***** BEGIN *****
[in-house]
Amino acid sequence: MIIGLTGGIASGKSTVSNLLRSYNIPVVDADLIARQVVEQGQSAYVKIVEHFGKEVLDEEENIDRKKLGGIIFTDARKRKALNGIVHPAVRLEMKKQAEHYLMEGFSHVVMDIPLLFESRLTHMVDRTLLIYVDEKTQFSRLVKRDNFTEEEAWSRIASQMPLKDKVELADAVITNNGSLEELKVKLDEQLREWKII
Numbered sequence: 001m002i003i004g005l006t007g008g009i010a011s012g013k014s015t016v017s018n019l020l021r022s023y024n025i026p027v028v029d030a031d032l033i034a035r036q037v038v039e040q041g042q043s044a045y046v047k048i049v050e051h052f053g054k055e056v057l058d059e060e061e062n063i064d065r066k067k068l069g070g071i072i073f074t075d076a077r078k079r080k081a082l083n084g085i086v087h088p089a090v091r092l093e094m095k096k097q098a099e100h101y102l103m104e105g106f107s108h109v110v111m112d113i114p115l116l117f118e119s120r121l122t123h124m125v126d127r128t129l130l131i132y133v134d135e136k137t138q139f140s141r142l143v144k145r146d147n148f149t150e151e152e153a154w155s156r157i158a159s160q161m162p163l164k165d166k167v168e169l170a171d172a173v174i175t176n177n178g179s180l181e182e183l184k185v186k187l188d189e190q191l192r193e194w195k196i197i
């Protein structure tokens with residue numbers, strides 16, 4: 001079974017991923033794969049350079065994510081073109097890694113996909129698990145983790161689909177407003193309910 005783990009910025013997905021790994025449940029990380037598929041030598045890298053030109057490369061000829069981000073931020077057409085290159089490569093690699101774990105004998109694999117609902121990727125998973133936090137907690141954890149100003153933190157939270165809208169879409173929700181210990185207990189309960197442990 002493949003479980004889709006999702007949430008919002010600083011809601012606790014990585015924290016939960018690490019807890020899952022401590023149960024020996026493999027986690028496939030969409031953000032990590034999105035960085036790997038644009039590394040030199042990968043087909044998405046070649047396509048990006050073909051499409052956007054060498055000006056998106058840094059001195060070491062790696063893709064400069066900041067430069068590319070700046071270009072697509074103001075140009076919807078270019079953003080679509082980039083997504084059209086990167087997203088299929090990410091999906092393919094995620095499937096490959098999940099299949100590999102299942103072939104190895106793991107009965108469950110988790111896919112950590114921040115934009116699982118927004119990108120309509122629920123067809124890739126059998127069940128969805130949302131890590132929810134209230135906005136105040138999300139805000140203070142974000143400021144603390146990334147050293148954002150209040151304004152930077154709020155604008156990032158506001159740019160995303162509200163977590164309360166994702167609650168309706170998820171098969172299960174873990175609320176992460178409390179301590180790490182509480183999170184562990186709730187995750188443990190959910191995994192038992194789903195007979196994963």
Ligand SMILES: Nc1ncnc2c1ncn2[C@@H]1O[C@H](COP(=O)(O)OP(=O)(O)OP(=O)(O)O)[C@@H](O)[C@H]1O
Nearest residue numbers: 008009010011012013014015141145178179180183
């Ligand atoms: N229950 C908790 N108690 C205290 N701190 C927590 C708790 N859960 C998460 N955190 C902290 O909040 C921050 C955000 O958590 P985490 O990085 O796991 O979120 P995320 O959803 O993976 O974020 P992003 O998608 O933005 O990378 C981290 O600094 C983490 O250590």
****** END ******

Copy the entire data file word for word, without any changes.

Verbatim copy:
[in-house]
Amino acid sequence: MIIGLTGGIASGKSTVSNLLRSYNIPVVDADLIARQVVEQGQSAYVKIVEHFGKEVLDEEENIDRKKLGGIIFTDARKRKALNGIVHPAVRLEMKKQAEHYLMEGFSHVVMDIPLLFESRLTHMVDRTLLIYVDEKTQFSRLVKRDNFTEEEAWSRIASQMPLKDKVELADAVITNNGSLEELKVKLDEQLREWKII
Numbered sequence: 001m002i003i004g005l006t007g008g009i010a011s012g013k014s015t016v017s018n019l020l021r022s023y024n025i026p027v028v029d030a031d032l033i034a035r036q037v038v039e040q041g042q043s044a045y046v047k048i049v050e051h052f053g054k055e056v057l058d059e060e061e062n063i064d065r066k067k068l069g070g071i072i073f074t075d076a077r078k079r080k081a082l083n084g085i086v087h088p089a090v091r092l093e094m095k096k097q098a099e100h101y102l103m104e105g106f107s108h109v110v111m112d113i114p115l116l117f118e119s120r121l122t123h124m125v126d127r128t129l130l131i132y133v134d135e136k137t138q139f140s141r142l143v144k145r146d147n148f149t150e151e152e153a154w155s156r157i158a159s160q161m162p163l164k165d166k167v168e169l170a171d172a173v174i175t176n177n178g179s180l181e182e183l184k185v186k187l188d189e190q191l192r193e194w195k196i197i
């Protein structure tokens with residue numbers, strides 16, 4: 001079974017991923033794969049350079065994510081073109097890694113996909129698990145983790161689909177407003193309910 005783990009910025013997905021790994025449940029990380037598929041030598045890298053030109057490369061000829069981000073931020077057409085290159089490569093690699101774990105004998109694999117609902121990727125998973133936090137907690141954890149100003153933190157939270165809208169879409173929700181210990185207990189309960197442990 002493949003479980004889709006999702007949430008919002010600083011809601012606790014990585015924290016939960018690490019807890020899952022401590023149960024020996026493999027986690028496939030969409031953000032990590034999105035960085036790997038644009039590394040030199042990968043087909044998405046070649047396509048990006050073909051499409052956007054060498055000006056998106058840094059001195060070491062790696063893709064400069066900041067430069068590319070700046071270009072697509074103001075140009076919807078270019079953003080679509082980039083997504084059209086990167087997203088299929090990410091999906092393919094995620095499937096490959098999940099299949100590999102299942103072939104190895106793991107009965108469950110988790111896919112950590114921040115934009116699982118927004119990108120309509122629920123067809124890739126059998127069940128969805130949302131890590132929810134209230135906005136105040138999300139805000140203070142974000143400021144603390146990334147050293148954002150209040151304004152930077154709020155604008156990032158506001159740019160995303162509200163977590164309360166994702167609650168309706170998820171098969172299960174873990175609320176992460178409390179301590180790490182509480183999170184562990186709730187995750188443990190959910191995994192038992194789903195007979196994963």
Ligand SMILES: Nc1ncnc2c1ncn2[C@@H]1O[C@H](COP(=O)(O)OP(=O)(O)OP(=O)(O)O)[C@@H](O)[C@H]1O
Nearest residue numbers: 008009010011012013014015141145178179180183
């Ligand atoms: N229950 C908790 N108690 C205290 N701190 C927590 C708790 N859960 C998460 N955190 C902290 O909040 C921050 C955000 O958590 P985490 O990085 O796991 O979120 P995320 O959803 O993976 O974020 P992003 O998608 O933005 O990378 C981290 O600094 C983490 O250590």